If we spend a third of our lives at work, our work environment should help, not harm us.
As we celebrate Labour Day 2019, it seems apt that the plight of the Chinese 996 work culture has come under major scrutiny. Under the 996 phenomenon, young Chinese tech professionals work 9 a.m. to 9 p.m., 6 days a week. Workers in the industry are bemoaning the hustle as flagrant abuse. What’s more, employees report diminishing returns in productivity. Longer hours simply don’t pay.
It’s difficult to say that the 996 culture is the norm among Singapore’s workers. However, it’s certain that many of us operate in high stress environments.
As interior designers, we know well designed interiors play an important mitigating factor.
Lighting retailer Philips conducted a study to show that the positive correlation between good lighting and productivity. Testing their hypothesis in a factory, researchers found that in addition to a psychological effect, light elicits a direct physical response in our body. The strength and type of light in an interior can boost alertness and even cope with stress. Bright lights trigger alertness; while higher levels of natural light in a room may alleviating stress. Conversely, low level and poor-quality lighting can cause glares and headaches. Unsurprisingly, these reduce productivity and depending on your nature of work, may increase errors or accidents.
Another no-brainer is colour. Warmer colours like red inject life into a space, while cooler tones like blue induce a relaxed ambience.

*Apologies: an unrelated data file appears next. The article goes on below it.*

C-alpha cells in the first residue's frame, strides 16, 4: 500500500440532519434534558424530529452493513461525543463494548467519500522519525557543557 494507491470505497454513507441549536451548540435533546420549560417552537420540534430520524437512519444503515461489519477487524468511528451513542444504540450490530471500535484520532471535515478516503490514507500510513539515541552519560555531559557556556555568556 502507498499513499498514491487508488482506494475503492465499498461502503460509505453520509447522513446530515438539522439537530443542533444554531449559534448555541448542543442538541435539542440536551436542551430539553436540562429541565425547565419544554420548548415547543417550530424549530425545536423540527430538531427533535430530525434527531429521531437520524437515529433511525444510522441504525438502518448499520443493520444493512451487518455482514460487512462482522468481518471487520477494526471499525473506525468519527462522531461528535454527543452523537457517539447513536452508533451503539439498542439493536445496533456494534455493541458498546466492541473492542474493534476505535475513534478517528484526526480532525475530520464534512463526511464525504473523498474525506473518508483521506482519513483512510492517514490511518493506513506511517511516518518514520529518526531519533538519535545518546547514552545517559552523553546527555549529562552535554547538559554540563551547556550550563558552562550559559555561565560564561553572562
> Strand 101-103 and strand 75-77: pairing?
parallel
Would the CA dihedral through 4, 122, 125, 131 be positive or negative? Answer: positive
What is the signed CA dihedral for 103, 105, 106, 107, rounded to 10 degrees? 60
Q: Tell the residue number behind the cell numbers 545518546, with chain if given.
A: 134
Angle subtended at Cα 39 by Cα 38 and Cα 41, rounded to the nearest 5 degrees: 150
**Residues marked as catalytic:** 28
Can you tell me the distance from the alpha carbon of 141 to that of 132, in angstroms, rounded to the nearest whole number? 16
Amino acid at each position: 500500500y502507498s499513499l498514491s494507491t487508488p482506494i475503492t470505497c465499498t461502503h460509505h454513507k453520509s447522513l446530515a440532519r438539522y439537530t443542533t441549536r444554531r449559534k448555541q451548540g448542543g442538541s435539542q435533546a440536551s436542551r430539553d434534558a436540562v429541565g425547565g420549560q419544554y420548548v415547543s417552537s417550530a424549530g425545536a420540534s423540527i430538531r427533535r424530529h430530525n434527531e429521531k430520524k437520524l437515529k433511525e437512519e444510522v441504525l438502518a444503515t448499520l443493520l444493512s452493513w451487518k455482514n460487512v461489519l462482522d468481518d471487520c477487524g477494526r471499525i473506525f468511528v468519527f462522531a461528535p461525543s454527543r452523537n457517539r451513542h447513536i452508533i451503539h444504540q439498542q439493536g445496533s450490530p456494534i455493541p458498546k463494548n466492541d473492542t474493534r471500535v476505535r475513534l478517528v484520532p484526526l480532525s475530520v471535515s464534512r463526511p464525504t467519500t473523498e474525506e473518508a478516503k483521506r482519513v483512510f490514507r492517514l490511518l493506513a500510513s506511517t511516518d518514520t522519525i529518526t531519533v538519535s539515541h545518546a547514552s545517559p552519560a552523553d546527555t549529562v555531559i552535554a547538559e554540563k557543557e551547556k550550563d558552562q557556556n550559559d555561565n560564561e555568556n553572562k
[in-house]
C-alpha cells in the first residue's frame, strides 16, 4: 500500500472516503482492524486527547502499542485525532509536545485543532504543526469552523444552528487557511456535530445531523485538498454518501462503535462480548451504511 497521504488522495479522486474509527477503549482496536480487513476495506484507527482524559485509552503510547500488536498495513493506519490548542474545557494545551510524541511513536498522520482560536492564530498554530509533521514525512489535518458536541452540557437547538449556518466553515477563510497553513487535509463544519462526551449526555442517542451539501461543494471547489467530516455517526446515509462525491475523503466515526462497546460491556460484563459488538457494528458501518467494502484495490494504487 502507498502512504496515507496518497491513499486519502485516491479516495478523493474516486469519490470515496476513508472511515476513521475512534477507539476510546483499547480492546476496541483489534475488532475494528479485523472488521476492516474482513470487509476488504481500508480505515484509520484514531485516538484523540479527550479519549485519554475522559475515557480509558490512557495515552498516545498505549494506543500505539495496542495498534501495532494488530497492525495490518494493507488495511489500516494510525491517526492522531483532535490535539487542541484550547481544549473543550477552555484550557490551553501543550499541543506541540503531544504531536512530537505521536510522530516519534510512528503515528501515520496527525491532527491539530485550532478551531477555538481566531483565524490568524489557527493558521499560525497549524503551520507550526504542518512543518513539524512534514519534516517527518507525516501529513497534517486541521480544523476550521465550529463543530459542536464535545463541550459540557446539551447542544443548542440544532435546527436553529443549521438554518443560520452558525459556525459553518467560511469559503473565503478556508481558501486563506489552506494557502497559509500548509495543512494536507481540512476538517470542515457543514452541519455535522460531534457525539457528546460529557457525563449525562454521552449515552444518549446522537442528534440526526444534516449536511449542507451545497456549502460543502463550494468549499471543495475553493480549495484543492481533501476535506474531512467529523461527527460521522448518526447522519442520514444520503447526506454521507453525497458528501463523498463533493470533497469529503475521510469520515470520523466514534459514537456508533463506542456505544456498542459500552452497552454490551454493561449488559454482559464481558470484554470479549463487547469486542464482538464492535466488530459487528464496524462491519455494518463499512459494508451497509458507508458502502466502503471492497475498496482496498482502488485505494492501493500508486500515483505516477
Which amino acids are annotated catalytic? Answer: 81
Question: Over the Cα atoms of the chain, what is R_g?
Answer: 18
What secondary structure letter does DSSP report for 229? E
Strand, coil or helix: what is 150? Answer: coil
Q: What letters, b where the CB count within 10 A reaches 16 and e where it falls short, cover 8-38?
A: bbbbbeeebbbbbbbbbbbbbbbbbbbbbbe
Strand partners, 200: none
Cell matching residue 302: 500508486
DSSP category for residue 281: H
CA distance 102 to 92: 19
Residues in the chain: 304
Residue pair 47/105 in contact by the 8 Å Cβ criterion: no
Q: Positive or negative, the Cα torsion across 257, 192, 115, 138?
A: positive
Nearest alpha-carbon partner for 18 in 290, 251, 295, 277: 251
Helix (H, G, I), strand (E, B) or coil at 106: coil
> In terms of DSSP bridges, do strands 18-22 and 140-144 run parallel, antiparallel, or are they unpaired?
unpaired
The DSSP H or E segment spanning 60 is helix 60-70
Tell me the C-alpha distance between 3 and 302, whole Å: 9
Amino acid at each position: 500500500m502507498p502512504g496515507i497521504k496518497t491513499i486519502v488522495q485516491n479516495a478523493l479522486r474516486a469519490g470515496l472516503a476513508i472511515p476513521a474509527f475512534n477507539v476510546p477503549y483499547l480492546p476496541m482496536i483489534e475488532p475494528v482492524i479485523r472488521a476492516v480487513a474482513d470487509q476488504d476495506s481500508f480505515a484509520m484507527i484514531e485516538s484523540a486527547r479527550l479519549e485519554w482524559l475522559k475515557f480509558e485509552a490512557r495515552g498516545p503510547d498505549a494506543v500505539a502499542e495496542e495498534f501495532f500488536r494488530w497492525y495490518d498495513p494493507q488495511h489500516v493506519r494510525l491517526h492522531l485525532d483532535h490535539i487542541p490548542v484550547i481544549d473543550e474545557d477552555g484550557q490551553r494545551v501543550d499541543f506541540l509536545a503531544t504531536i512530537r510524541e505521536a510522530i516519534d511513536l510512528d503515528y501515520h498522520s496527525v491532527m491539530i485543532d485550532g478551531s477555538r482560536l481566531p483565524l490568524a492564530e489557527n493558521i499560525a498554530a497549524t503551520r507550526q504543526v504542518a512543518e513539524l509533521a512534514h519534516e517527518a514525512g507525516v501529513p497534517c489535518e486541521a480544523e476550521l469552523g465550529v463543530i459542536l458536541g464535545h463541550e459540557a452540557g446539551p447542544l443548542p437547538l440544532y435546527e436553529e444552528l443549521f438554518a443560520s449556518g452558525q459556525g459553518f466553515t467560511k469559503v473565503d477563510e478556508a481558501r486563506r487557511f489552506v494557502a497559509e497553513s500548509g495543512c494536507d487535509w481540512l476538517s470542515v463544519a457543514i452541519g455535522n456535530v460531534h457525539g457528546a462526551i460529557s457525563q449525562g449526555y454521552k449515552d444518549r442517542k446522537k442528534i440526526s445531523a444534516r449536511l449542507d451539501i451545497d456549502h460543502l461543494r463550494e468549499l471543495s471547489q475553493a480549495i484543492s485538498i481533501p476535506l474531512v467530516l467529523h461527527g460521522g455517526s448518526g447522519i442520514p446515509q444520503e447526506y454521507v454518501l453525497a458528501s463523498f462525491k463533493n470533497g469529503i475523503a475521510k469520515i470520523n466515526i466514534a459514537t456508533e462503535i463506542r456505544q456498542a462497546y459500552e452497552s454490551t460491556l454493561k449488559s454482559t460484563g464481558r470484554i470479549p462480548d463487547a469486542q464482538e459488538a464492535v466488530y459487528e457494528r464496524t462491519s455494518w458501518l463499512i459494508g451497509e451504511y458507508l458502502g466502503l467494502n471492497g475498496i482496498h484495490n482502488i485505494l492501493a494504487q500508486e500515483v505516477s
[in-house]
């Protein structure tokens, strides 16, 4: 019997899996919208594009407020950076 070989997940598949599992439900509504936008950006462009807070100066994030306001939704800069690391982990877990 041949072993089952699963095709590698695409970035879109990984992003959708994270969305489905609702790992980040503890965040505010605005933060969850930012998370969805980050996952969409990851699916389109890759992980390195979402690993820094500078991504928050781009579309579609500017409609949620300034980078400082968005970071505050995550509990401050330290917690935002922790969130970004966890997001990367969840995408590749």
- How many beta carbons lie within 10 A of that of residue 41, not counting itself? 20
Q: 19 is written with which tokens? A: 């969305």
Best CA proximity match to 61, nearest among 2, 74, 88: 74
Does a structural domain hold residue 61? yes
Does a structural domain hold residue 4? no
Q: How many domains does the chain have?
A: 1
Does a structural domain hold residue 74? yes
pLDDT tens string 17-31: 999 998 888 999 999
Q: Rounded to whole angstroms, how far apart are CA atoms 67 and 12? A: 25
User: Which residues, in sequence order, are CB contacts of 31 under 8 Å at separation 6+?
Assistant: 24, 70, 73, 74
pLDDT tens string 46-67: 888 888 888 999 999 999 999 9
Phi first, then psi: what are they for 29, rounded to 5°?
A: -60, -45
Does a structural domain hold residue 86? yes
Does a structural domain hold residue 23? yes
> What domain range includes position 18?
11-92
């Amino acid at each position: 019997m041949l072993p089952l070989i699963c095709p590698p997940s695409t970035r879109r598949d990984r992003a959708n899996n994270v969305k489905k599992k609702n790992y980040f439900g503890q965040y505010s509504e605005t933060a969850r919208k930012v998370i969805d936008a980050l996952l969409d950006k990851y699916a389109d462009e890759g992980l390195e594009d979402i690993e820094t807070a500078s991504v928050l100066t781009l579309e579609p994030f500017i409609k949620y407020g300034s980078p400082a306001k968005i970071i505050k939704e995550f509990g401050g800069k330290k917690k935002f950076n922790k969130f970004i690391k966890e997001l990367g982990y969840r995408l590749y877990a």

Even acoustics play a huge role. With the growing popularity of co-working spaces in Singapore, you may need to drown the incessant chorus of people typing away on a keyboard or conversations you aren’t invited to be a part of. While sound in and of itself is not distracting, it is unwanted noises which can be a source of irritation. Facility managers should pay close attention to the reverberation in a room so that undesired background noise can be deflected. Investing in sound masking technologies to cancel noises in the office is another option.
If these changes are too much to achieve by your own efforts, opt for these more manageable solutions. For starters, clear the clutter on your desk and swap it out for an indoor desk plant. These are proven to relieve stress. Another option is to regulate the temperature in the room. Have a portable USB desk fan and a jacket on standby. If a room is too hot or cold, productivity levels can dip.
As effective as these commercial interior design tips are, these solutions are merely coping mechanisms. Establishing a healthy work-life should be a priority. Regardless if you spend twelve hours in the office or eight, it’s a good chunk of your day, and ultimately life, spent in a confined environment. You owe it to yourself to have a happy working life.
With that, kick back and relax! If you don’t have an optimal workspace, we sure hope you have a comfy home.
Happy Labour Day!